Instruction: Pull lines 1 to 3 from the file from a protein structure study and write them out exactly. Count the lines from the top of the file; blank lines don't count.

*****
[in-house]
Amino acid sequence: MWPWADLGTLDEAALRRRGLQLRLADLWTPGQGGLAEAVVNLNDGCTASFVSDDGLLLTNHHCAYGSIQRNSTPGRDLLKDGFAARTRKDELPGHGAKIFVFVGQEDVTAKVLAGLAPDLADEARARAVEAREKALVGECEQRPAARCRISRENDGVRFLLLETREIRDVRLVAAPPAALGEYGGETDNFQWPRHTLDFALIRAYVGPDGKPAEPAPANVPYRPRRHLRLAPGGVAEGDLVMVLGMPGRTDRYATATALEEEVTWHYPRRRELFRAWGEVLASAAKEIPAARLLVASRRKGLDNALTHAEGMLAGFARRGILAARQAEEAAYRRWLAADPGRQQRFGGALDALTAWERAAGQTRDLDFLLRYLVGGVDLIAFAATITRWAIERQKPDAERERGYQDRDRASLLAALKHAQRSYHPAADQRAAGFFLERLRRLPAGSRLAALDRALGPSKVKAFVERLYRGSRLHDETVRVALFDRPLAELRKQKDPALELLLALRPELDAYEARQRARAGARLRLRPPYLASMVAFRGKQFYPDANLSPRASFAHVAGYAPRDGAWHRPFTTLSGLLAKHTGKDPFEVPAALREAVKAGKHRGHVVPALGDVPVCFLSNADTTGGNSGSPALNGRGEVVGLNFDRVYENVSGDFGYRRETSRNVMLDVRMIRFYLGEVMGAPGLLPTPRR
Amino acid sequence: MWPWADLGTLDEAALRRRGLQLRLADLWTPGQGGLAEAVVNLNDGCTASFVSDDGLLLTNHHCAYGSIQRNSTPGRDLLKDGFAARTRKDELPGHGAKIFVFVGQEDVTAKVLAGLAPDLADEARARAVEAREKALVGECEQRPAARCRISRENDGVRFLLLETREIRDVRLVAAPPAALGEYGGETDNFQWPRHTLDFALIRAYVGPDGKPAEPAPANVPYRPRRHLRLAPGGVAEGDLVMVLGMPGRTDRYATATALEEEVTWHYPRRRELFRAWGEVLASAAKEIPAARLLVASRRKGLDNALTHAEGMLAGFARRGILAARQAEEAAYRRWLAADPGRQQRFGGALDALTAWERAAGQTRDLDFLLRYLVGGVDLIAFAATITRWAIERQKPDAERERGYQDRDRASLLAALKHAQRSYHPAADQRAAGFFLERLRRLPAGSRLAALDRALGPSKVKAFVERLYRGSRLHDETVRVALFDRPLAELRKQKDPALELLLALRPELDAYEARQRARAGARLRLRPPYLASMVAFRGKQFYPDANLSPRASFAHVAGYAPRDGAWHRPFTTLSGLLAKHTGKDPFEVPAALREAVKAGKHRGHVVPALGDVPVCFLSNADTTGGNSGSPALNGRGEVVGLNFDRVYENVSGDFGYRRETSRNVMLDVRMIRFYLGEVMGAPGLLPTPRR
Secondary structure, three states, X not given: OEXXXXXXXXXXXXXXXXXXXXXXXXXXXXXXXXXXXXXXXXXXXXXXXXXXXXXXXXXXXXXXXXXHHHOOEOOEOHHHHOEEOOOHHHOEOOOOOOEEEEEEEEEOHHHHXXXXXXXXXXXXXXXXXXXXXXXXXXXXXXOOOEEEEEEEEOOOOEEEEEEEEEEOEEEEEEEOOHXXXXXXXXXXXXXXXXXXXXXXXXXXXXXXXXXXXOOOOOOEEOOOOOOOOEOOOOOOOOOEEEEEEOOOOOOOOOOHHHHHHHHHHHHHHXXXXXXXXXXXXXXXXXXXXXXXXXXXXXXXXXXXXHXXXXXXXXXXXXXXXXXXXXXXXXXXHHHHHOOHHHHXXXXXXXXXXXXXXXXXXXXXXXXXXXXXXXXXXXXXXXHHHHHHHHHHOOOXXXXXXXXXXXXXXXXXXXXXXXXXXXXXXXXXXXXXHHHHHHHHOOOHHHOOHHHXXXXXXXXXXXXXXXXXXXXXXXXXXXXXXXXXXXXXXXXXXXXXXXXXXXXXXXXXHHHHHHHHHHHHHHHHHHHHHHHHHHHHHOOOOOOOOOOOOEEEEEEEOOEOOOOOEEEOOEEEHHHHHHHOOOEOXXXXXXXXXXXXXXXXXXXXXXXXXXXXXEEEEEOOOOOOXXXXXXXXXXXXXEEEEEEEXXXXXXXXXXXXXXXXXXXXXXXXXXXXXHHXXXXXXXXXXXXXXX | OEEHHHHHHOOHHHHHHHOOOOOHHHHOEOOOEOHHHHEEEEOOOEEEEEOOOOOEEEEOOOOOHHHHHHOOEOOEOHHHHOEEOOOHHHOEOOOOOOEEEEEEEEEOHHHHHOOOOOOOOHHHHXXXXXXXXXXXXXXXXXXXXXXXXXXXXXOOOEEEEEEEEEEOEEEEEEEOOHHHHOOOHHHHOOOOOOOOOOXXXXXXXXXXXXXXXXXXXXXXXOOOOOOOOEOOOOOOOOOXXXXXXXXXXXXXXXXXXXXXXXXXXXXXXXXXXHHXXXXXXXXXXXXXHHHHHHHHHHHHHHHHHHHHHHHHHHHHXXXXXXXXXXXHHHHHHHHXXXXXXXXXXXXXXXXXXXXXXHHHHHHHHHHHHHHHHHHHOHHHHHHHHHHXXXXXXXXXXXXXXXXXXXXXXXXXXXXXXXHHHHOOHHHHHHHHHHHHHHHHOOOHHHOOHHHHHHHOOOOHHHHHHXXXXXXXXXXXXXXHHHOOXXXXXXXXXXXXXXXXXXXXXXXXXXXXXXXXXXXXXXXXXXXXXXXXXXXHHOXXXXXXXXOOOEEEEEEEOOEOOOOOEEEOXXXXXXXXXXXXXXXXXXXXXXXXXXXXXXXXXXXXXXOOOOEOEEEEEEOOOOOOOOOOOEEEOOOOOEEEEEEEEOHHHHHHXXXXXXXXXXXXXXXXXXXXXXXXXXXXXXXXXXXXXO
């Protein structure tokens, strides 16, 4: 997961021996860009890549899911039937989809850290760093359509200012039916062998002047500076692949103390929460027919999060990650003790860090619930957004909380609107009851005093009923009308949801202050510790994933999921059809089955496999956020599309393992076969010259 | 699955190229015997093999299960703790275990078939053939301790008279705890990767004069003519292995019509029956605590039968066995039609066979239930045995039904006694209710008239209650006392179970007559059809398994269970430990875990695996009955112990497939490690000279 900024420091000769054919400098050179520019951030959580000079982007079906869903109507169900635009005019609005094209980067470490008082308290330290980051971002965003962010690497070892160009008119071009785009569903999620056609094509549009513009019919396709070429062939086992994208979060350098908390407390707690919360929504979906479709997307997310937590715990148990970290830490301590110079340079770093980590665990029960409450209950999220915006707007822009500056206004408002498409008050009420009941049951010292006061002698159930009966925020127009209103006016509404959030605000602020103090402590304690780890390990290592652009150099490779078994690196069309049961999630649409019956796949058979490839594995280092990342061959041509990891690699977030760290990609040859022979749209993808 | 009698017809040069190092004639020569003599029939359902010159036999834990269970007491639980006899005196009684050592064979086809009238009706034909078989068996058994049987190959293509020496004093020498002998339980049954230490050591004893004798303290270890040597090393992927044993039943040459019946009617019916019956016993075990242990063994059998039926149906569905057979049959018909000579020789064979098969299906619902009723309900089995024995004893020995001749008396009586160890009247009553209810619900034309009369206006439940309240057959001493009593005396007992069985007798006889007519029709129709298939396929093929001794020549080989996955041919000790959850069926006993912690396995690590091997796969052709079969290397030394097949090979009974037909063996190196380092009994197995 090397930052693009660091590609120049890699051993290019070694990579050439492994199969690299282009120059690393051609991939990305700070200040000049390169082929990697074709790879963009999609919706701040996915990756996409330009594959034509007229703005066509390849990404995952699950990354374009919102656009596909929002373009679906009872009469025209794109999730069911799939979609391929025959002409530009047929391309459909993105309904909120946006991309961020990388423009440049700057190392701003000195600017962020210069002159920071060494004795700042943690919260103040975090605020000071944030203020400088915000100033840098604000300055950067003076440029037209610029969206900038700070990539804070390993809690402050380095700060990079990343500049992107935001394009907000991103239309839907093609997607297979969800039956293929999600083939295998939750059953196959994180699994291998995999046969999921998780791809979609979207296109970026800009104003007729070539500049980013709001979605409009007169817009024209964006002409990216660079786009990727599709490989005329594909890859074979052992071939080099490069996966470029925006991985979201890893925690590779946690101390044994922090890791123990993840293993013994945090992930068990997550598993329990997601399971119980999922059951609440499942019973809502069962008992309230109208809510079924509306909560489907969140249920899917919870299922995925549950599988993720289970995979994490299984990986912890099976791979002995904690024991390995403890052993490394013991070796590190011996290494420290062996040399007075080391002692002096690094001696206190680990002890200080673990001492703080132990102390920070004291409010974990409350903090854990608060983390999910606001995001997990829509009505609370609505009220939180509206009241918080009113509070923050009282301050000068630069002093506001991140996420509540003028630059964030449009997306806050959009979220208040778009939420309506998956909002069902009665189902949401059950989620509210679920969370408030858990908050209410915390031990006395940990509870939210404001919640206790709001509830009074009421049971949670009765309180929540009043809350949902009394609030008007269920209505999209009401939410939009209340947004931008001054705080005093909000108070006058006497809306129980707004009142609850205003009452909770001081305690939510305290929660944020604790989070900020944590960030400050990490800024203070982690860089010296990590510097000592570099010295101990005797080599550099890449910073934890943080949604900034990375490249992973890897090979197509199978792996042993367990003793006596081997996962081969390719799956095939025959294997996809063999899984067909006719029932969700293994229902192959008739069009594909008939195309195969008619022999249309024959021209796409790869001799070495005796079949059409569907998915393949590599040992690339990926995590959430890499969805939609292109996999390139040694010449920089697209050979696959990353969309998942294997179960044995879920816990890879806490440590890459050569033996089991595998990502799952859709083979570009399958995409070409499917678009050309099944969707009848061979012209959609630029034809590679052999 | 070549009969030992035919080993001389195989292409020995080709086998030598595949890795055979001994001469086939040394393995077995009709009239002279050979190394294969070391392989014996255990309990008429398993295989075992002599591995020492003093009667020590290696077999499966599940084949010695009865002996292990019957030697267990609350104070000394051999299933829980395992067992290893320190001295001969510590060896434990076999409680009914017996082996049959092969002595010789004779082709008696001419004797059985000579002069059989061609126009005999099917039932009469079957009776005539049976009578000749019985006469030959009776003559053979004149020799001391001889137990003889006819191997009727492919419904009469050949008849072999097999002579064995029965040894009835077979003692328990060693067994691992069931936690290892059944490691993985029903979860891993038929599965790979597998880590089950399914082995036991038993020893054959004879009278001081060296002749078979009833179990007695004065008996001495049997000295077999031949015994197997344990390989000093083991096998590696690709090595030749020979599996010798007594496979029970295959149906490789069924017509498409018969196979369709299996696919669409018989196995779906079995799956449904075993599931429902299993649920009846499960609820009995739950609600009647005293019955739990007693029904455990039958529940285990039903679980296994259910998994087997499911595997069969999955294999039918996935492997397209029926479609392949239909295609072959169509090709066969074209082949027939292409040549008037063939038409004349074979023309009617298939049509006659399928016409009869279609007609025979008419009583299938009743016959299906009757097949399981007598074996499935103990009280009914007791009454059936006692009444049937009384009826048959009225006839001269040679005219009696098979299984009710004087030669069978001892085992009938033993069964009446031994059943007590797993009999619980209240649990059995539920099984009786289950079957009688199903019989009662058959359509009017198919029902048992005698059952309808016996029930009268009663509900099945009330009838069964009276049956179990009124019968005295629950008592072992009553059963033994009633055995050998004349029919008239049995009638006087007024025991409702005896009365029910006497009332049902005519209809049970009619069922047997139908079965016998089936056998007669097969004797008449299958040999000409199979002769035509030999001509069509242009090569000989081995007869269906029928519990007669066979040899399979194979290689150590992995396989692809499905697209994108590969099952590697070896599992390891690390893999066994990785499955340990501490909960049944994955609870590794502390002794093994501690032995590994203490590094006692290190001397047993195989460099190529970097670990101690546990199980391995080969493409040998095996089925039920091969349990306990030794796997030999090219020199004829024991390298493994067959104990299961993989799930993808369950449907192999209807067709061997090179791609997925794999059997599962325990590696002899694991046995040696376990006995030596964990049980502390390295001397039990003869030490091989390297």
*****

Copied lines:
[in-house]
Amino acid sequence: MWPWADLGTLDEAALRRRGLQLRLADLWTPGQGGLAEAVVNLNDGCTASFVSDDGLLLTNHHCAYGSIQRNSTPGRDLLKDGFAARTRKDELPGHGAKIFVFVGQEDVTAKVLAGLAPDLADEARARAVEAREKALVGECEQRPAARCRISRENDGVRFLLLETREIRDVRLVAAPPAALGEYGGETDNFQWPRHTLDFALIRAYVGPDGKPAEPAPANVPYRPRRHLRLAPGGVAEGDLVMVLGMPGRTDRYATATALEEEVTWHYPRRRELFRAWGEVLASAAKEIPAARLLVASRRKGLDNALTHAEGMLAGFARRGILAARQAEEAAYRRWLAADPGRQQRFGGALDALTAWERAAGQTRDLDFLLRYLVGGVDLIAFAATITRWAIERQKPDAERERGYQDRDRASLLAALKHAQRSYHPAADQRAAGFFLERLRRLPAGSRLAALDRALGPSKVKAFVERLYRGSRLHDETVRVALFDRPLAELRKQKDPALELLLALRPELDAYEARQRARAGARLRLRPPYLASMVAFRGKQFYPDANLSPRASFAHVAGYAPRDGAWHRPFTTLSGLLAKHTGKDPFEVPAALREAVKAGKHRGHVVPALGDVPVCFLSNADTTGGNSGSPALNGRGEVVGLNFDRVYENVSGDFGYRRETSRNVMLDVRMIRFYLGEVMGAPGLLPTPRR
Amino acid sequence: MWPWADLGTLDEAALRRRGLQLRLADLWTPGQGGLAEAVVNLNDGCTASFVSDDGLLLTNHHCAYGSIQRNSTPGRDLLKDGFAARTRKDELPGHGAKIFVFVGQEDVTAKVLAGLAPDLADEARARAVEAREKALVGECEQRPAARCRISRENDGVRFLLLETREIRDVRLVAAPPAALGEYGGETDNFQWPRHTLDFALIRAYVGPDGKPAEPAPANVPYRPRRHLRLAPGGVAEGDLVMVLGMPGRTDRYATATALEEEVTWHYPRRRELFRAWGEVLASAAKEIPAARLLVASRRKGLDNALTHAEGMLAGFARRGILAARQAEEAAYRRWLAADPGRQQRFGGALDALTAWERAAGQTRDLDFLLRYLVGGVDLIAFAATITRWAIERQKPDAERERGYQDRDRASLLAALKHAQRSYHPAADQRAAGFFLERLRRLPAGSRLAALDRALGPSKVKAFVERLYRGSRLHDETVRVALFDRPLAELRKQKDPALELLLALRPELDAYEARQRARAGARLRLRPPYLASMVAFRGKQFYPDANLSPRASFAHVAGYAPRDGAWHRPFTTLSGLLAKHTGKDPFEVPAALREAVKAGKHRGHVVPALGDVPVCFLSNADTTGGNSGSPALNGRGEVVGLNFDRVYENVSGDFGYRRETSRNVMLDVRMIRFYLGEVMGAPGLLPTPRR